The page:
Reviewing Skinamarink poses a unique challenge that doesn’t often come up often — and not because I spent parts of it too scared to actually look at the screen.
For Edmonton director Kyle Edward Ball’s shoe-string budget Skinamarink, it’s not the proof, but the problem that’s in the pudding. The tiny experimental horror flick gained an accidental cult following after it was pirated, then clips spread online like wildfire. But all is not as it appears.
The problem with reviewing Skinamarink is that what you expect is not what you’re going to get; an uncontrolled ad campaign has misrepresented a deeply, and intentionally, strange film. Even though it has cemented its place as one of my favourite releases of 2023, I almost feel I’d have better odds playing Russian roulette with a fully loaded gun than finding someone to recommend it to who’d actually enjoy it.
Embarrassingly when talking about something as deep and nuanced as Skinamarink, the best way I can think of to interpret it is through The Office. In a Halloween episode, resident creep Gabe brings in a movie from the “cinema of the unsettling” — a seemingly disjointed clipshow of black and white images that include a cake filled with blood, a melting Barbie and another cast member’s grandmother.
Q20:49Edmonton director Kyle Edward Ball isn’t afraid to bring your worst nightmare to life
Annoyed and angry, someone asks “What’s the story?” Someone else, just as irritated, responds “there is no story!”
Smiling smugly, Gabe explains: “Maybe the filmmaker realized that even narrative is comforting.”
While that upset, confused reaction is part of the potential problem with Skinamarink, saying it has no story isn’t true.
Taken at face value, Skinamarink is about a haunting. A four-year-old boy and his sister spend the night in their dimly lit home, as their father disappears, their mother fades in and out, and something dark and malevolent causes the home’s doors and windows to disappear as it whispers violent commands from the shadows.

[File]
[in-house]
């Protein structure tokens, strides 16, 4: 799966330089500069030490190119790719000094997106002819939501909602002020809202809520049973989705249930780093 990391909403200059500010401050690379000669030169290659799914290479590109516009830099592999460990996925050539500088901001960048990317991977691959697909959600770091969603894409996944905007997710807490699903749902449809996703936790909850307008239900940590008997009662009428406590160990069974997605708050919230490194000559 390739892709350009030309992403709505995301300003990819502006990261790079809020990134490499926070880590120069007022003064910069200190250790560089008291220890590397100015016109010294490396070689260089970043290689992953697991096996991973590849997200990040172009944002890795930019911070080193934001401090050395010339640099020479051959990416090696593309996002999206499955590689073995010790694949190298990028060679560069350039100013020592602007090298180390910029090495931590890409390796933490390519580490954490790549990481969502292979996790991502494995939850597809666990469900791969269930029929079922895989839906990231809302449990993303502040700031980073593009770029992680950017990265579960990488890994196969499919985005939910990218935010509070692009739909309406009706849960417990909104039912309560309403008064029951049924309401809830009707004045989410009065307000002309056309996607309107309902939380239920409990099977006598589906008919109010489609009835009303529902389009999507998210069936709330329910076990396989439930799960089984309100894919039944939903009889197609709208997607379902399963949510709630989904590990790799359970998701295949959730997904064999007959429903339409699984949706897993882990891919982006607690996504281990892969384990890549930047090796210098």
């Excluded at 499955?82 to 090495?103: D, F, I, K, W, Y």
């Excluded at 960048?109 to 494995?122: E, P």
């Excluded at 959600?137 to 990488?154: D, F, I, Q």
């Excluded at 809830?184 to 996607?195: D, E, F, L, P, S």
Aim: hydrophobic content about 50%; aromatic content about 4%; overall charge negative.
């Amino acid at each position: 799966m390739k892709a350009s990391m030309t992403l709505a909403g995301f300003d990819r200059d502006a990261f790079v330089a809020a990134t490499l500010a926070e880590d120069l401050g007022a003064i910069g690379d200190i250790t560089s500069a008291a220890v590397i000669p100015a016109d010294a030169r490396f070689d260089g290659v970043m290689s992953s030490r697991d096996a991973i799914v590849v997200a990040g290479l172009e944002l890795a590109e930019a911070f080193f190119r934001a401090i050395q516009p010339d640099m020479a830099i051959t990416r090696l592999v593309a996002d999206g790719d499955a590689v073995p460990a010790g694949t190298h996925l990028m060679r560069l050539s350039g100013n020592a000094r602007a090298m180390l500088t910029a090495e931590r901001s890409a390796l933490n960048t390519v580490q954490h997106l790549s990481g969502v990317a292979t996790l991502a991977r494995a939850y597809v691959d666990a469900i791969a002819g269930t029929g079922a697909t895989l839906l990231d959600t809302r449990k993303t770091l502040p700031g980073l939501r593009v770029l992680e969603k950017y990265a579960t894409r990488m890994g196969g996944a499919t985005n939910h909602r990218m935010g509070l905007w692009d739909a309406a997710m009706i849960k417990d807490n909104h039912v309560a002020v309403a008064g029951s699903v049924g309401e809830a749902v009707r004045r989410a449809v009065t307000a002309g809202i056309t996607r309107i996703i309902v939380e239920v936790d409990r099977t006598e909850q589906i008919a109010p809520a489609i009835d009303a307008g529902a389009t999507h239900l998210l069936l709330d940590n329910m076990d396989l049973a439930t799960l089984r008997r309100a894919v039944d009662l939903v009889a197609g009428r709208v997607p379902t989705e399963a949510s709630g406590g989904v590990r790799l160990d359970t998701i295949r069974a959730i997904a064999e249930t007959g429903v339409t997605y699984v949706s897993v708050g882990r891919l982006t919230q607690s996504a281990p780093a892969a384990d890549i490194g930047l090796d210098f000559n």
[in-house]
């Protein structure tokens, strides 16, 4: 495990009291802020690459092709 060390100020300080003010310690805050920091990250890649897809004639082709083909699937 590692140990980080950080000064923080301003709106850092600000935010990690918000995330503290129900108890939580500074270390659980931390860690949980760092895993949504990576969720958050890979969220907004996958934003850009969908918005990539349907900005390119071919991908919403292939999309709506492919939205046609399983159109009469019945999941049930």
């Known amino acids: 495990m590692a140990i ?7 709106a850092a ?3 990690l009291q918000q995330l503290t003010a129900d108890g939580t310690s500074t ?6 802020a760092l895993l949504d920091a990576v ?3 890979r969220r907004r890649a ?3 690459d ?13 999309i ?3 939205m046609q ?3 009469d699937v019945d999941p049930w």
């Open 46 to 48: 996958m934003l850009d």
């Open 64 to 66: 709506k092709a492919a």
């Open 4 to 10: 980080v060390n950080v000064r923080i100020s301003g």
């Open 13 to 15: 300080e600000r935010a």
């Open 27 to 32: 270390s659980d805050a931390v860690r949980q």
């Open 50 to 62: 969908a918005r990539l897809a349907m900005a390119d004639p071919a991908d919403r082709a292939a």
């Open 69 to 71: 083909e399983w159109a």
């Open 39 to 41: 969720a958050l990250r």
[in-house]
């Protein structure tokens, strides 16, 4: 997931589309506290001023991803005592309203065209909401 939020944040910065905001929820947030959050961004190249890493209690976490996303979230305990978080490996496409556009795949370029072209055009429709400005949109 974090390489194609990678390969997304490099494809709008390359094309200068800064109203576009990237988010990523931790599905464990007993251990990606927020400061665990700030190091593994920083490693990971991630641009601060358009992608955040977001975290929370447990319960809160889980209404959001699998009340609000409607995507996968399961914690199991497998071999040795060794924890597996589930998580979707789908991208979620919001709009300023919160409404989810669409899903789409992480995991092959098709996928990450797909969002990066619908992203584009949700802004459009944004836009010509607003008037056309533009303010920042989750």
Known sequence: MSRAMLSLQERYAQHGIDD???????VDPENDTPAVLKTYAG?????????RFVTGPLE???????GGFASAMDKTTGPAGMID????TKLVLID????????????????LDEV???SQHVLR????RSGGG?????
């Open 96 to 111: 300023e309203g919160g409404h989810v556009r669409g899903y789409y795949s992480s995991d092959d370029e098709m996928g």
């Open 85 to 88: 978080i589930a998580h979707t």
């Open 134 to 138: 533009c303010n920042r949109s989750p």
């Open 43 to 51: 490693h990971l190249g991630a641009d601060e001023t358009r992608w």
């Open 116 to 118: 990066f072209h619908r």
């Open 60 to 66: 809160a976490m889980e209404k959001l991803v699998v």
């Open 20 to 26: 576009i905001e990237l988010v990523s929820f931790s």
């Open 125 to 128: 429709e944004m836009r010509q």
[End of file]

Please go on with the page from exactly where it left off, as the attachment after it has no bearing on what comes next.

All this plays out through intentionally low quality footage, with the camera pointed more often at toys or the floor than actual people. Speaking to CBC’s Q, Bell explained an intentional concept of the movie is only having his characters on screen for 10 minutes and 15 seconds of the film’s 100-minute runtime.
WATCH | Skinamarink trailer:
The director developed the approach of “implying action, versus actually showing it” through a YouTube channel he started years ago, Bitsized Nightmares. It allowed him to simultaneously ratchet up the fear by largely hiding the monster, challenge his fans with ambiguous, open-ended storylines, and keep his budget low.
“I think a lot of filmmakers kind of assume that audiences aren’t adventurous, or even that smart,” Bell said. “And I’ve always found that’s not the case. Like audiences are way more willing to watch something experimental and way more intelligent than a lot of … pretentious filmmakers would give them credit for.”
For the film’s early run, that has proven to be the case. The technique allowed him to keep the film’s expenses down to a mind-boggling $15,000; it has so far grossed roughly $1.5 million — and a litany of interpretations over what the film is really about.
Without going in-depth, those theories range from child abuse, to parental neglect, to characters having been dead the whole time. Coma-dreams, demons and time-travel are all on the table for what Skinamarink is actually about.